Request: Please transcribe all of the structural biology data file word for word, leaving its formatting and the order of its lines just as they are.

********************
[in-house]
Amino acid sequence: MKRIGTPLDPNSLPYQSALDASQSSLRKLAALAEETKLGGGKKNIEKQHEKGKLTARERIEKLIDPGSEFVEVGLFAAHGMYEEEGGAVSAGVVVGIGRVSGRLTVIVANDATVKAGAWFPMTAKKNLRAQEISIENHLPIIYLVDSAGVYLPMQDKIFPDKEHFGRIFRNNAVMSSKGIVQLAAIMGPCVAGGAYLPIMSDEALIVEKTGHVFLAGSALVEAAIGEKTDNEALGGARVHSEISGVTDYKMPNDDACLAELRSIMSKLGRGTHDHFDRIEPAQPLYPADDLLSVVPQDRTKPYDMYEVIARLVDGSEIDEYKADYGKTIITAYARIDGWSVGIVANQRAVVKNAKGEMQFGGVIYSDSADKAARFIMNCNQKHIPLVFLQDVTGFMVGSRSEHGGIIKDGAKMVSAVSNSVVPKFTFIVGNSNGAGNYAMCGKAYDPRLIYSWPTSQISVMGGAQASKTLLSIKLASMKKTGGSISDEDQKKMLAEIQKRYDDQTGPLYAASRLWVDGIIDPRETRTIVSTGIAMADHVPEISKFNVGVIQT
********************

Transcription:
[in-house]
Amino acid sequence: MKRIGTPLDPNSLPYQSALDASQSSLRKLAALAEETKLGGGKKNIEKQHEKGKLTARERIEKLIDPGSEFVEVGLFAAHGMYEEEGGAVSAGVVVGIGRVSGRLTVIVANDATVKAGAWFPMTAKKNLRAQEISIENHLPIIYLVDSAGVYLPMQDKIFPDKEHFGRIFRNNAVMSSKGIVQLAAIMGPCVAGGAYLPIMSDEALIVEKTGHVFLAGSALVEAAIGEKTDNEALGGARVHSEISGVTDYKMPNDDACLAELRSIMSKLGRGTHDHFDRIEPAQPLYPADDLLSVVPQDRTKPYDMYEVIARLVDGSEIDEYKADYGKTIITAYARIDGWSVGIVANQRAVVKNAKGEMQFGGVIYSDSADKAARFIMNCNQKHIPLVFLQDVTGFMVGSRSEHGGIIKDGAKMVSAVSNSVVPKFTFIVGNSNGAGNYAMCGKAYDPRLIYSWPTSQISVMGGAQASKTLLSIKLASMKKTGGSISDEDQKKMLAEIQKRYDDQTGPLYAASRLWVDGIIDPRETRTIVSTGIAMADHVPEISKFNVGVIQT